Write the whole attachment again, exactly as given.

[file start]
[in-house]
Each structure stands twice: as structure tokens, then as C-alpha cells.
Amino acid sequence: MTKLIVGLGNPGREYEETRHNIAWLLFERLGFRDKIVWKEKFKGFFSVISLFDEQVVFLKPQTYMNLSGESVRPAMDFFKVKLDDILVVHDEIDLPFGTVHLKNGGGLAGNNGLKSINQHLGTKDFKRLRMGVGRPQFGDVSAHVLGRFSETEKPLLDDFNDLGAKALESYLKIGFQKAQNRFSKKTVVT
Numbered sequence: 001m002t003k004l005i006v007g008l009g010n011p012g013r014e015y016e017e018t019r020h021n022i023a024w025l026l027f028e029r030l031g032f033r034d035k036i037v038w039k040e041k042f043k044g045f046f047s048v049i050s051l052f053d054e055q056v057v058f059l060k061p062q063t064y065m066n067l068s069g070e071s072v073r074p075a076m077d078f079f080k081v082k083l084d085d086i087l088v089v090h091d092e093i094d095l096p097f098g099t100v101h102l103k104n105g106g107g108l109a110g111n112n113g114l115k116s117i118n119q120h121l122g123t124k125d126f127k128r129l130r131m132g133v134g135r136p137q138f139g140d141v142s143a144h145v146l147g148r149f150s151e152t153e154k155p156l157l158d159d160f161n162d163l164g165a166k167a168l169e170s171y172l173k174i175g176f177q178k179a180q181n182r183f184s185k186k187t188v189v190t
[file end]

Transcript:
[in-house]
Each structure stands twice: as structure tokens, then as C-alpha cells.
Amino acid sequence: MTKLIVGLGNPGREYEETRHNIAWLLFERLGFRDKIVWKEKFKGFFSVISLFDEQVVFLKPQTYMNLSGESVRPAMDFFKVKLDDILVVHDEIDLPFGTVHLKNGGGLAGNNGLKSINQHLGTKDFKRLRMGVGRPQFGDVSAHVLGRFSETEKPLLDDFNDLGAKALESYLKIGFQKAQNRFSKKTVVT
Numbered sequence: 001m002t003k004l005i006v007g008l009g010n011p012g013r014e015y016e017e018t019r020h021n022i023a024w025l026l027f028e029r030l031g032f033r034d035k036i037v038w039k040e041k042f043k044g045f046f047s048v049i050s051l052f053d054e055q056v057v058f059l060k061p062q063t064y065m066n067l068s069g070e071s072v073r074p075a076m077d078f079f080k081v082k083l084d085d086i087l088v089v090h091d092e093i094d095l096p097f098g099t100v101h102l103k104n105g106g107g108l109a110g111n112n113g114l115k116s117i118n119q120h121l122g123t124k125d126f127k128r129l130r131m132g133v134g135r136p137q138f139g140d141v142s143a144h145v146l147g148r149f150s151e152t153e154k155p156l157l158d159d160f161n162d163l164g165a166k167a168l169e170s171y172l173k174i175g176f177q178k179a180q181n182r183f184s185k186k187t188v189v190t